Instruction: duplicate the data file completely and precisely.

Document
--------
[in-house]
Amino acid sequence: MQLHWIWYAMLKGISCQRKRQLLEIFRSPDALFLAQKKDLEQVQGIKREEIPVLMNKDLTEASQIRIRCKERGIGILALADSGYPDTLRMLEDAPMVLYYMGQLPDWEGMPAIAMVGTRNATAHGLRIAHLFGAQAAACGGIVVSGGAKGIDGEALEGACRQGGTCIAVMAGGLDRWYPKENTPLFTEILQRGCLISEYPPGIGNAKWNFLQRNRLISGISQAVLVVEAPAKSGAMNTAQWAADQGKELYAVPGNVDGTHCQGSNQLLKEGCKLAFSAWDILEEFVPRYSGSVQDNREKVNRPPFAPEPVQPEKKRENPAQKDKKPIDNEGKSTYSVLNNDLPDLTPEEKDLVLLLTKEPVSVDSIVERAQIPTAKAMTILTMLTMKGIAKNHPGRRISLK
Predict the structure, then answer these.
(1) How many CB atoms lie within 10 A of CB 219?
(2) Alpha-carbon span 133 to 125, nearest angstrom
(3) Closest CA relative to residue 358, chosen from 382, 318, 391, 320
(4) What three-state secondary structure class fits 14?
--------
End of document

[in-house]
Amino acid sequence: MQLHWIWYAMLKGISCQRKRQLLEIFRSPDALFLAQKKDLEQVQGIKREEIPVLMNKDLTEASQIRIRCKERGIGILALADSGYPDTLRMLEDAPMVLYYMGQLPDWEGMPAIAMVGTRNATAHGLRIAHLFGAQAAACGGIVVSGGAKGIDGEALEGACRQGGTCIAVMAGGLDRWYPKENTPLFTEILQRGCLISEYPPGIGNAKWNFLQRNRLISGISQAVLVVEAPAKSGAMNTAQWAADQGKELYAVPGNVDGTHCQGSNQLLKEGCKLAFSAWDILEEFVPRYSGSVQDNREKVNRPPFAPEPVQPEKKRENPAQKDKKPIDNEGKSTYSVLNNDLPDLTPEEKDLVLLLTKEPVSVDSIVERAQIPTAKAMTILTMLTMKGIAKNHPGRRISLK
Predict the structure, then answer these.
(1) How many CB atoms lie within 10 A of CB 219?
(2) Alpha-carbon span 133 to 125, nearest angstrom
(3) Closest CA relative to residue 358, chosen from 382, 318, 391, 320
(4) What three-state secondary structure class fits 14?